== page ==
Group Policy settings are created, changed, and stored in the Active Directory database. This object with the settings kept is called the Group Policy Object (GPO). The Group Policy Object (GPO) created and applied is downloaded from by the client. This process is defined as Pull on the client-side and Push on the Active Directory Domain Controller side. After the GPO is downloaded by the client, it is applied to the system. This process on the client-side is called Client Side Extensions.

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You can view the Group Policy Extensions section in the Registry Editor at the following path.

HKLM\SOFTWARE\Microsoft\WindowsNT\CurrentVersion\Winlogon\GPExtensions

Here it can be seen that each Group Policy Extension has its own folder. When one of these folders is clicked, the name of the applied Group Policy Client Extension is seen. The example shows the Group Policy Power Options Group Policy Extension.

When a Group Policy on Power Options is deployed, this Group Policy Client Extension will apply the desired changes to the power options with Group Policy to the deployed computer.

Registry Editor
Registry Editor
Client-Side Extensions
Client-Side Extensions

 

Computer Configuration and User Configuration

To open the Group Policy Management Editor on the domain, type MMC from the Start> Run menu and click the Enter button.

Group Policy Management
Group Policy Management

 

In the “Group Policy Management” page, we right-click on “Default Domain Policy” and click on the “Edit” tab.

Group Policy Management
Group Policy Management

 

Group Policy is divided into two parts as the Computer Configuration and User Configuration. The rules applied in the Computer Configuration section are applied directly to computers. So it doesn’t matter which user is logged on to the computer. The rules applied in the User Configuration section are applied directly to the users. So it doesn’t matter on which computer the user is logged on.

Group Policy Management Editor
Group Policy Management Editor

 

Policies and Preferences

There are two sections called Policies and Preferences in the Computer Configuration and User Configuration sections.

Policies>Software Settings

The first section under Policies is Software Settings. If you plan to distribute or manage an application with Group Policy, you can use the “Software Settings” section.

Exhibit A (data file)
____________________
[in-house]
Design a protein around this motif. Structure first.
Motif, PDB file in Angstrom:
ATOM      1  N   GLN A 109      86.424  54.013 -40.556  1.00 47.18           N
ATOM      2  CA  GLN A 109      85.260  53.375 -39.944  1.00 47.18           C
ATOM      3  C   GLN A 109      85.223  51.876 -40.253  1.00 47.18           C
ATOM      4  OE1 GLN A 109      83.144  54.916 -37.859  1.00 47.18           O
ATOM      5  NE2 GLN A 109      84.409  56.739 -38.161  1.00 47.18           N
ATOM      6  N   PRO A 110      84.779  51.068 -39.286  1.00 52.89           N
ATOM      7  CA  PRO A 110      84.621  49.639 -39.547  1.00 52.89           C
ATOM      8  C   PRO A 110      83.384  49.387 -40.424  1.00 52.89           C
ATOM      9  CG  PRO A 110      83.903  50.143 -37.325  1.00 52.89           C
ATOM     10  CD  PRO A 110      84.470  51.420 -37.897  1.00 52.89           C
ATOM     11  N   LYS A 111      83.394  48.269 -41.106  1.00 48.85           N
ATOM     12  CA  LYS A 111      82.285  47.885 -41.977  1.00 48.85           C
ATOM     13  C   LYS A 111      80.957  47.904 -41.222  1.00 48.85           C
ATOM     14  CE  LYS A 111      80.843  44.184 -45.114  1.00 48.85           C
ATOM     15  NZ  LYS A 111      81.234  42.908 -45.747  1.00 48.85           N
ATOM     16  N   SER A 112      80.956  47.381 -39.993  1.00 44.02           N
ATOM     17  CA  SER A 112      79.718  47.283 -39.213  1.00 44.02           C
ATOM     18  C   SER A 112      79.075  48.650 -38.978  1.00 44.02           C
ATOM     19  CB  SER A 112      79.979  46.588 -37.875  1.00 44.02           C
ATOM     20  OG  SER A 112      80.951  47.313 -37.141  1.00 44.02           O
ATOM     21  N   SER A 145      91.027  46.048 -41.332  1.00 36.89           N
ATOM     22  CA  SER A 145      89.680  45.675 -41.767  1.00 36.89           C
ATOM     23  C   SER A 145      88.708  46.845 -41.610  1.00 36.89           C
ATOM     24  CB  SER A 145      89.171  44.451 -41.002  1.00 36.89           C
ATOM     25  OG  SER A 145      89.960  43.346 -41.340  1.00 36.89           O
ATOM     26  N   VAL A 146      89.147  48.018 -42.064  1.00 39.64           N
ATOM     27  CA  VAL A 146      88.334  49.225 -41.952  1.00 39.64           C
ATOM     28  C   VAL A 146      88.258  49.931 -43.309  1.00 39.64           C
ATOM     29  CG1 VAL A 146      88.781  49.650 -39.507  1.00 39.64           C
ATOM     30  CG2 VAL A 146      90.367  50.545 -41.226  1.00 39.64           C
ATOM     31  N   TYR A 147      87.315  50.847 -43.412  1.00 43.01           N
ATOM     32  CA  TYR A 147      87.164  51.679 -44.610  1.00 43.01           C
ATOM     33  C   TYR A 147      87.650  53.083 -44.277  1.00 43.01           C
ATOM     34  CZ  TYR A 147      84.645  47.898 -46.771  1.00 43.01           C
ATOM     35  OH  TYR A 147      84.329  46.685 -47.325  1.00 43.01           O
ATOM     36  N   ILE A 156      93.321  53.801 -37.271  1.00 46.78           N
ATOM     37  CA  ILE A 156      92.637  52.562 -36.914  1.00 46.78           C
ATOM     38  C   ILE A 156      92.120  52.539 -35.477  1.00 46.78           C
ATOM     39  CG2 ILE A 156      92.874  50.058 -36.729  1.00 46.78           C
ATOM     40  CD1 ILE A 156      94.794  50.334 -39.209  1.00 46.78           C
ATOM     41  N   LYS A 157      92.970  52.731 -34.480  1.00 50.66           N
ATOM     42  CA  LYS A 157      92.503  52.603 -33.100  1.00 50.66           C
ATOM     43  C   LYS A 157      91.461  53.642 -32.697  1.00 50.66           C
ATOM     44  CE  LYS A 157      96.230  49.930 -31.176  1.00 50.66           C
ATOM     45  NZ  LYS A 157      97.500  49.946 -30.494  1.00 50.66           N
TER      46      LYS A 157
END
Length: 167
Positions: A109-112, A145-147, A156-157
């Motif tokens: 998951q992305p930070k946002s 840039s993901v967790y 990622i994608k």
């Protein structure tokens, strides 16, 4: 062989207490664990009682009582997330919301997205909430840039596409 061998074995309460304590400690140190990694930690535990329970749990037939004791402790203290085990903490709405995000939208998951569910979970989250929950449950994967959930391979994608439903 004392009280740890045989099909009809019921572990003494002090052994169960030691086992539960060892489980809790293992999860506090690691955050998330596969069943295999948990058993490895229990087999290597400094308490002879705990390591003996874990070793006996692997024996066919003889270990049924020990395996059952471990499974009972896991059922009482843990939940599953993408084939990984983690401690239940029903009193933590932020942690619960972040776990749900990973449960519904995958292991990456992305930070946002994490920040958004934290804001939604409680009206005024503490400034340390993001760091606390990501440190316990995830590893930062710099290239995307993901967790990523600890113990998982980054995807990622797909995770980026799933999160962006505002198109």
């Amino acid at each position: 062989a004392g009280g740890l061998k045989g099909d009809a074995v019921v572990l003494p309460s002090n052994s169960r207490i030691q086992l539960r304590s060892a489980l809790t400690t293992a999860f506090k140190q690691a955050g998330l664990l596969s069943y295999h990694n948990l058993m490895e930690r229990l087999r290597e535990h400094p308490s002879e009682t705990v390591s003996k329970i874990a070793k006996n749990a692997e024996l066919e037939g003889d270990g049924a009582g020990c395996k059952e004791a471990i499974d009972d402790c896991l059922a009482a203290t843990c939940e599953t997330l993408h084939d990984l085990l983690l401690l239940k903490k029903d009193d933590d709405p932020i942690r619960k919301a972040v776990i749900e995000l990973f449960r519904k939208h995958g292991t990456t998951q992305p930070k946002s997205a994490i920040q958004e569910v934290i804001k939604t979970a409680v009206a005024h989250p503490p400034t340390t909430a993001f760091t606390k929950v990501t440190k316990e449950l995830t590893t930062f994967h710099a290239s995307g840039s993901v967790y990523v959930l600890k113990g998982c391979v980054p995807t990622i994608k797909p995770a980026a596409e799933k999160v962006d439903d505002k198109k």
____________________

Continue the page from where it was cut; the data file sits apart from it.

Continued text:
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Policies>Software Settings
Policies>Software Settings

 

Policies>Windows Settings

The second section is under “Policies” in “Windows Settings“. The policies to be applied in this section allow changing the Windows settings that will affect the entire computer. As an example, you can set the Startup>Shutdown Script from this section. In the “User Configuration” section, there is a similar Logon> Logoff Script.

Policies>Windows Settings
Policies>Windows Settings

 

In the “User Configuration” section, there is a similar Logon> Logoff Script.

User Configuration -Logon> Logoff Script
User Configuration -Logon> Logoff Script

 

Policies>Administrative Templates

The third section is under “Policies” in “Administrative Templates“. Administrative Templates collectively contain Group Policy settings. Here you can make many administrative settings such as Control Panel, Network, Start Menu and Taskbar.

Policies>Administrative Templates
Policies>Administrative Templates

 

Preferences>Windows Settings

The first section is under “Preferences” in Windows Settings. In this section, you can make many Windows settings such as files, folders, registry, shortcuts.

Preferences>Windows Settings
Preferences>Windows Settings

 

Preferences>Control Panel Settings

The second section is under “Preferences” in Control Panel Settings. In this section, you can set many Control Panel settings such as devices, local users and groups, network options, power options.

Preferences>Control Panel Settings
Preferences>Control Panel Settings